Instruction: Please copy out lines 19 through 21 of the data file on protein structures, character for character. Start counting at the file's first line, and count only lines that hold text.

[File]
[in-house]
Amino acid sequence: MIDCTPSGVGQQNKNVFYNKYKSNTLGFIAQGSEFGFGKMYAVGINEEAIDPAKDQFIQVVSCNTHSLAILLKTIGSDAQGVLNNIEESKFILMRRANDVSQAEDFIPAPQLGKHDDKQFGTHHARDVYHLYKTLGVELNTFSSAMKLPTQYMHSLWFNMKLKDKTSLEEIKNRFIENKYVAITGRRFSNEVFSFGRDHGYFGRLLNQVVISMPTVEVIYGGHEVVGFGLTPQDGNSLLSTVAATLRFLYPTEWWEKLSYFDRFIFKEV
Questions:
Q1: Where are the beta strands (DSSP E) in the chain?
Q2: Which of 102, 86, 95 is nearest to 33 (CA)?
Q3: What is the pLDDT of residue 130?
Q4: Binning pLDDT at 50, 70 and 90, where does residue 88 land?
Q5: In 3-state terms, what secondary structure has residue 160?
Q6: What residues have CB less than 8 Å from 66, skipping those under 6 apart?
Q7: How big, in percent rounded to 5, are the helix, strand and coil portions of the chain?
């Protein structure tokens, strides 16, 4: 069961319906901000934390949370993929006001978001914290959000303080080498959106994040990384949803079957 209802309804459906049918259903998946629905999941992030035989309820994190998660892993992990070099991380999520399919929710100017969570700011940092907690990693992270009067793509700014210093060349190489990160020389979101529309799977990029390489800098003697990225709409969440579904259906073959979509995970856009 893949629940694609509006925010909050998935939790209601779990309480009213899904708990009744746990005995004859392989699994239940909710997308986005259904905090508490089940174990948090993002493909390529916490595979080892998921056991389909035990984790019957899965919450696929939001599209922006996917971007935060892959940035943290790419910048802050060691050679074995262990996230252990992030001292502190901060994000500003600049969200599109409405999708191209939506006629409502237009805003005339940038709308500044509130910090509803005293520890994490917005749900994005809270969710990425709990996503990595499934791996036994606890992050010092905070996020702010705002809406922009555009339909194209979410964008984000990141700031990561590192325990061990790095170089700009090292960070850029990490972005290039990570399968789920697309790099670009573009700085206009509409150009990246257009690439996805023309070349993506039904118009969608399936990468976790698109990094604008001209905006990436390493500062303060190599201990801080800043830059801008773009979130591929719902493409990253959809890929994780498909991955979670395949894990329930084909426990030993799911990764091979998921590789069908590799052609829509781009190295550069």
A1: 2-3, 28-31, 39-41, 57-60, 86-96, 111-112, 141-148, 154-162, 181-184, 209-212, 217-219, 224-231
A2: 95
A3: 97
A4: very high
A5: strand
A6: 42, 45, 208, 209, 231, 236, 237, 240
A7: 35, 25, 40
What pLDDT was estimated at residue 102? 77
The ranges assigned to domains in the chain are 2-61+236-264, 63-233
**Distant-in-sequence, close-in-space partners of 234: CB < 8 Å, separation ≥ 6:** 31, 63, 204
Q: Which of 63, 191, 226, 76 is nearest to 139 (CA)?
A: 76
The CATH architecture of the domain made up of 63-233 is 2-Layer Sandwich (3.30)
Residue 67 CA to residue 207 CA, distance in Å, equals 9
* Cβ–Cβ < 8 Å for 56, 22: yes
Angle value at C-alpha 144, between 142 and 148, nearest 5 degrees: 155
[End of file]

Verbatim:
What pLDDT was estimated at residue 102? 77
The ranges assigned to domains in the chain are 2-61+236-264, 63-233
**Distant-in-sequence, close-in-space partners of 234: CB < 8 Å, separation ≥ 6:** 31, 63, 204